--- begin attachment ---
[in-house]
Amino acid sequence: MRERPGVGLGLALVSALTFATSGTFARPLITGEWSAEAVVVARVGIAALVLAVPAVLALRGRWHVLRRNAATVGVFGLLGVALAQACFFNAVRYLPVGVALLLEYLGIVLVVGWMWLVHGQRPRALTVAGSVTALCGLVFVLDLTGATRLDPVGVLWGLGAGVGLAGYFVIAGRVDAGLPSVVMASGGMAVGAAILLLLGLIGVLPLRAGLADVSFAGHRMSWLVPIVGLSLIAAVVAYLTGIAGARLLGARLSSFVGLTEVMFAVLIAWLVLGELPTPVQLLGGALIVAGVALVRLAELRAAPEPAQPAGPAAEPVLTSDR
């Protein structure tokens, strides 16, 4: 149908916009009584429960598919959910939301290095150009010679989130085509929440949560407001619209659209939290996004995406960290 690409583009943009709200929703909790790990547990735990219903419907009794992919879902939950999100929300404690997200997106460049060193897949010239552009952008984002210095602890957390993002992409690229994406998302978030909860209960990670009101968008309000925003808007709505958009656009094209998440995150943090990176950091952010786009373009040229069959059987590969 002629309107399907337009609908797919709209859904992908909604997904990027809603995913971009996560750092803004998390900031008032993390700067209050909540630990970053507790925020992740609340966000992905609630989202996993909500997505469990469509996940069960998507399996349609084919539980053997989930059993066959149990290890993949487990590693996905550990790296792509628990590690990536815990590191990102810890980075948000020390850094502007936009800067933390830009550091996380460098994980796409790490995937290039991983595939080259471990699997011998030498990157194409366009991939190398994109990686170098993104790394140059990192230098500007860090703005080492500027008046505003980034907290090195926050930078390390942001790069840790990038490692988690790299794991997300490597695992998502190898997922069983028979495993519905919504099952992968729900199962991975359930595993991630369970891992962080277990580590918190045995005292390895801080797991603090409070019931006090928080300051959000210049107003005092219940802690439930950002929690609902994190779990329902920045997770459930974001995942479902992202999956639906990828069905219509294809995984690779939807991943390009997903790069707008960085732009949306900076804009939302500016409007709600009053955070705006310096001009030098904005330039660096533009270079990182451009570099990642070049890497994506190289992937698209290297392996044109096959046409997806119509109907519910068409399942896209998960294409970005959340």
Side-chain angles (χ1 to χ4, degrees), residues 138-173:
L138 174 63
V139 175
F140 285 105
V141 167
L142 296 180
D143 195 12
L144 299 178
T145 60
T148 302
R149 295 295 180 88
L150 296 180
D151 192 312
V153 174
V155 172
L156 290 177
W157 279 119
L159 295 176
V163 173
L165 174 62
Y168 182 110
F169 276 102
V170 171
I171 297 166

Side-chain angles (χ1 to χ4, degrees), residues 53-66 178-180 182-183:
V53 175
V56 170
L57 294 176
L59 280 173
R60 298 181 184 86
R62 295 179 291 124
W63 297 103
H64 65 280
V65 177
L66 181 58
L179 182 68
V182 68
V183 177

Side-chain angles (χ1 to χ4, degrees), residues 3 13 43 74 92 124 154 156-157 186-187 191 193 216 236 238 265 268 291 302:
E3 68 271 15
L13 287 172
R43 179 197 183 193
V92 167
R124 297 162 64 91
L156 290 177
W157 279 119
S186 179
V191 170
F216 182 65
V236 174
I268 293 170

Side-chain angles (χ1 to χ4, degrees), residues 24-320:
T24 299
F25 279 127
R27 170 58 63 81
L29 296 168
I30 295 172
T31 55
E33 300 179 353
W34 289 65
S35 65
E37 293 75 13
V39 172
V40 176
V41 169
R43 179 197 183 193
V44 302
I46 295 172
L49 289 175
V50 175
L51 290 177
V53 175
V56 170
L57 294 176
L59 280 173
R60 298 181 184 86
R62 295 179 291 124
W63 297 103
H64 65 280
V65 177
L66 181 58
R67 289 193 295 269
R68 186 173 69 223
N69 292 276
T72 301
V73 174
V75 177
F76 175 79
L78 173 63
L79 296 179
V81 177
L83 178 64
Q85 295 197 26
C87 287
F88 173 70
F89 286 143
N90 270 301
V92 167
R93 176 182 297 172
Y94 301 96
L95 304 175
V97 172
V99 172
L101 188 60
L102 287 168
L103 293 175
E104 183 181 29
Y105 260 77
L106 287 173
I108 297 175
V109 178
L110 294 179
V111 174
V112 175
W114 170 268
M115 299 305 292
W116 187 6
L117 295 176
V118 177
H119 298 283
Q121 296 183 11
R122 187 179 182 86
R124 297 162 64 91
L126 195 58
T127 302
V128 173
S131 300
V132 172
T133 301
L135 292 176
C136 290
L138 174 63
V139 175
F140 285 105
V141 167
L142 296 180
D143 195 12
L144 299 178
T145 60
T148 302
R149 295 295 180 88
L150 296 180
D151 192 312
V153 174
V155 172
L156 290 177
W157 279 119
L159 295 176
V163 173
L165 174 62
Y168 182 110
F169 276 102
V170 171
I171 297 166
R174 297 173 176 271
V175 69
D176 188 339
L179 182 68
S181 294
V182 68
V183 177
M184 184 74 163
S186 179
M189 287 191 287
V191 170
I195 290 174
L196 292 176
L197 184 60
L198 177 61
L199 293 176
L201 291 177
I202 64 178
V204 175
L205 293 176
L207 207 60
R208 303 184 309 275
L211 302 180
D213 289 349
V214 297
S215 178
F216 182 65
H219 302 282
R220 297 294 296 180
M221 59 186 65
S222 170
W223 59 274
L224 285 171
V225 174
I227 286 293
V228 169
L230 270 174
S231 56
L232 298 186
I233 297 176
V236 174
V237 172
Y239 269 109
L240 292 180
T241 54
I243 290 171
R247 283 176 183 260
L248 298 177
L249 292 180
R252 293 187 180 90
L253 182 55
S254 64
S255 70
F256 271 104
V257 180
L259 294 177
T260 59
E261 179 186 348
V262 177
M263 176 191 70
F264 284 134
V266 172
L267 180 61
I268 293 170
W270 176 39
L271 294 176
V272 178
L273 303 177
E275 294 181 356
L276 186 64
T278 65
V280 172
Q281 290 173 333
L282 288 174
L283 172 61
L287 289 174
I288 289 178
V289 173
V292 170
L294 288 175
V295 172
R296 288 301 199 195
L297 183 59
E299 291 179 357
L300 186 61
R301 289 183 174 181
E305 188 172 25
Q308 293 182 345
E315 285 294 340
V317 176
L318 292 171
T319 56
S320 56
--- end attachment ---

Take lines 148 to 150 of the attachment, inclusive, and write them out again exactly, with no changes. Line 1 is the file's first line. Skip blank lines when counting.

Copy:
V155 172
L156 290 177
W157 279 119